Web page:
At a press conference on 26 January, the spokesperson for US President Joe Biden was asked whether the new administration will lift the embargo on export of vaccines and vital medicines imposed by the previous Trump administration.
The spokesperson merely said that the Biden administration has joined the World Health Organization (WHO), suggesting that it may reconsider the ban.
Against this backdrop, when “vaccine nationalism” appears to be the order of the day globally, none of the current multilateral arrangements such as the much-claimed COVAX facility will be able to address the distributional challenges equitably, the analyst said.
Therefore, the only way to put human lives before the patents and profits of Big Pharma is to pursue a bold proposal like the TRIPS waiver as proposed by South Africa, India, Kenya, Eswatini (formerly Swaziland), Mozambique, Zimbabwe, Egypt, Bolivia, and Venezuela among others, the analyst said.
That waiver, according to the analyst, will enable developing countries of all sizes as well as least-developed countries to ramp up production of medicines and vaccines on a gigantic scale by ensuring that the TRIPS provisions on copyrights, patents, industrial designs, and protection of undisclosed information do not become a barrier in the global effort.
More importantly, there is a groundswell of support from international civil society organizations, particularly in Washington and Brussels, the analyst said.
However, the EU and the US along with Switzerland, Japan, Canada and Australia among others continue to stall progress on the waiver by adopting “diversionary” tactics time and time again, the analyst said.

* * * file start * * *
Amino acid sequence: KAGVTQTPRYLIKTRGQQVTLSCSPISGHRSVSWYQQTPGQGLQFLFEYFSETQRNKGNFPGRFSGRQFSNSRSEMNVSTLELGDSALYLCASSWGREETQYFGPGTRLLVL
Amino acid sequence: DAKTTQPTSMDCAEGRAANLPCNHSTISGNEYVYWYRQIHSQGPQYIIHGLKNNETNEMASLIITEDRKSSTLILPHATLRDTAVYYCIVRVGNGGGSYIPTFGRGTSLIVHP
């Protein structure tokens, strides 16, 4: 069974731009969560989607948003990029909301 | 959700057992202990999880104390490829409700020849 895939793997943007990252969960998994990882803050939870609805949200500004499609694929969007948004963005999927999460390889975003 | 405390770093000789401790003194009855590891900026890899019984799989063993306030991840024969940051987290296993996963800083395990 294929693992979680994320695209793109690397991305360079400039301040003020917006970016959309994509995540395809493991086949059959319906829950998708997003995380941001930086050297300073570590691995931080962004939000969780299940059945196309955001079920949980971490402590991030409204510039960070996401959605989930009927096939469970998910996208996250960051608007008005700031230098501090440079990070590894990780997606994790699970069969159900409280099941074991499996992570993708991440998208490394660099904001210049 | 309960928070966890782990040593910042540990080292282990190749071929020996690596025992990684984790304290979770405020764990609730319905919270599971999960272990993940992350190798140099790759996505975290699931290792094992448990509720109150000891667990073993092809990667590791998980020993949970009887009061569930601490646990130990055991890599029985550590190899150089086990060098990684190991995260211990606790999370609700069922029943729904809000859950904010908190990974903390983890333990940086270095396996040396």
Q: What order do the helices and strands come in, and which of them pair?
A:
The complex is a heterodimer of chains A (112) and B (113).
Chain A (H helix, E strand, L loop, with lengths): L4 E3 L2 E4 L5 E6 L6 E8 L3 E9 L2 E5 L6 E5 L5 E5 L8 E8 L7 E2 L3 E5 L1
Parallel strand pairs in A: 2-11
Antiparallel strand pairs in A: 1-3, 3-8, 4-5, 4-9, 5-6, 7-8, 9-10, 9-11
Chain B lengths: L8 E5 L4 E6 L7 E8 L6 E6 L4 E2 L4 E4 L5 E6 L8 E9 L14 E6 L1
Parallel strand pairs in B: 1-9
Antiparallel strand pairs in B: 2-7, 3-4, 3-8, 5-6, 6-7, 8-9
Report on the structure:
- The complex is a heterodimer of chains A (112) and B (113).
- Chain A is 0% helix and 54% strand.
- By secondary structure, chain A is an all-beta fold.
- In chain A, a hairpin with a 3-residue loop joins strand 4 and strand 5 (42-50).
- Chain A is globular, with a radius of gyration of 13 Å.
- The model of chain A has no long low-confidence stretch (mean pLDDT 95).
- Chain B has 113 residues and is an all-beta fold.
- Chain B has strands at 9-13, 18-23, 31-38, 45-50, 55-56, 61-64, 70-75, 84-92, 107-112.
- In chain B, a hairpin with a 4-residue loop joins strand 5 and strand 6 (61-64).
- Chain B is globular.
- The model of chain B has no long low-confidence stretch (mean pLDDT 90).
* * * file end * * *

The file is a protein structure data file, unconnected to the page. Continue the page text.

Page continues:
While the EU Commission President talked about “working together – across borders and across sectors” for tackling global challenges, as “no private company or public authority can do it alone,” Brussels continues to turn a deaf ear when the proponents of the TRIPS waiver called for “working together” in “solidarity” towards a “public good.”
Ms Von der Leyen called for “new forms of blended partnerships” for preparing and protecting countries “against the next big risk.”
“This is a blueprint for cooperation in today’s world,” and “we need to bring together the innovation and the capability of the private sector, and the long-term vision and predictability and the funding of the public sector,” she emphasized.
“It is in this spirit that Europe will propose to create a bio-defence preparedness programme,” she said, suggesting that it “will be a public-private partnership – and it will sit within our new European Health Emergency Response Authority, or in short HERA.”
Elaborating on this new programme, she said it will be permanent and it will be fully dedicated to discovering and preparing for known and emerging pathogens, and then developing and manufacturing vaccines at scale to respond to them.
She said that the new arrangement “will secure long-term and predictable funding for this task, rather than reallocating resources every time,” by bringing “together cutting-edge tech-companies, blue-chip manufacturers, as well as regulators such as the European Medicines Agency or the European Commission.”